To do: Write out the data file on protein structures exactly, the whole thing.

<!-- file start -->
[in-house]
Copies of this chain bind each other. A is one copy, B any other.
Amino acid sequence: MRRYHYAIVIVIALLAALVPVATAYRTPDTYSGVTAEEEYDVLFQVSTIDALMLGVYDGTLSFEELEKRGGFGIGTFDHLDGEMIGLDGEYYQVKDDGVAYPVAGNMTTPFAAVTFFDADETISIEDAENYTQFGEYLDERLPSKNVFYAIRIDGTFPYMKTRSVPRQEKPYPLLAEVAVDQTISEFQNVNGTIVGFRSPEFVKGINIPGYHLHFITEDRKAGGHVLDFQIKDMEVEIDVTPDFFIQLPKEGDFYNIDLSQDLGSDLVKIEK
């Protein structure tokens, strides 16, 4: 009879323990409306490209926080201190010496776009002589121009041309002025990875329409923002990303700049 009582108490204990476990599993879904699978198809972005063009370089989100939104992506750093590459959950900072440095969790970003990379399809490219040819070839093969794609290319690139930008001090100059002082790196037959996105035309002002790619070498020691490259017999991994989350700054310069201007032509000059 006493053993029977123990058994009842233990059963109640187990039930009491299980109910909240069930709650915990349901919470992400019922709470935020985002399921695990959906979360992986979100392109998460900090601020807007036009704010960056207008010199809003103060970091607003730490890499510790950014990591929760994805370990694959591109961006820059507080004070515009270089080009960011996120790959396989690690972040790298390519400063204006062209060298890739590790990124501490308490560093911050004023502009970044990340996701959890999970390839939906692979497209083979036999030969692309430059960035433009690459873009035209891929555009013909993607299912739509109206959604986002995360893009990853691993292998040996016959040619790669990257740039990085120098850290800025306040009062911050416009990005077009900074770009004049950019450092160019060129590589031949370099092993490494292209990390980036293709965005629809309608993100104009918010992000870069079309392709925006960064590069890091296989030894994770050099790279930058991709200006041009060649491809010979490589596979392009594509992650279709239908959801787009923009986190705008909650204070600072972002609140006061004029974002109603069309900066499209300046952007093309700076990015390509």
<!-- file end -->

[in-house]
Copies of this chain bind each other. A is one copy, B any other.
Amino acid sequence: MRRYHYAIVIVIALLAALVPVATAYRTPDTYSGVTAEEEYDVLFQVSTIDALMLGVYDGTLSFEELEKRGGFGIGTFDHLDGEMIGLDGEYYQVKDDGVAYPVAGNMTTPFAAVTFFDADETISIEDAENYTQFGEYLDERLPSKNVFYAIRIDGTFPYMKTRSVPRQEKPYPLLAEVAVDQTISEFQNVNGTIVGFRSPEFVKGINIPGYHLHFITEDRKAGGHVLDFQIKDMEVEIDVTPDFFIQLPKEGDFYNIDLSQDLGSDLVKIEK
């Protein structure tokens, strides 16, 4: 009879323990409306490209926080201190010496776009002589121009041309002025990875329409923002990303700049 009582108490204990476990599993879904699978198809972005063009370089989100939104992506750093590459959950900072440095969790970003990379399809490219040819070839093969794609290319690139930008001090100059002082790196037959996105035309002002790619070498020691490259017999991994989350700054310069201007032509000059 006493053993029977123990058994009842233990059963109640187990039930009491299980109910909240069930709650915990349901919470992400019922709470935020985002399921695990959906979360992986979100392109998460900090601020807007036009704010960056207008010199809003103060970091607003730490890499510790950014990591929760994805370990694959591109961006820059507080004070515009270089080009960011996120790959396989690690972040790298390519400063204006062209060298890739590790990124501490308490560093911050004023502009970044990340996701959890999970390839939906692979497209083979036999030969692309430059960035433009690459873009035209891929555009013909993607299912739509109206959604986002995360893009990853691993292998040996016959040619790669990257740039990085120098850290800025306040009062911050416009990005077009900074770009004049950019450092160019060129590589031949370099092993490494292209990390980036293709965005629809309608993100104009918010992000870069079309392709925006960064590069890091296989030894994770050099790279930058991709200006041009060649491809010979490589596979392009594509992650279709239908959801787009923009986190705008909650204070600072972002609140006061004029974002109603069309900066499209300046952007093309700076990015390509």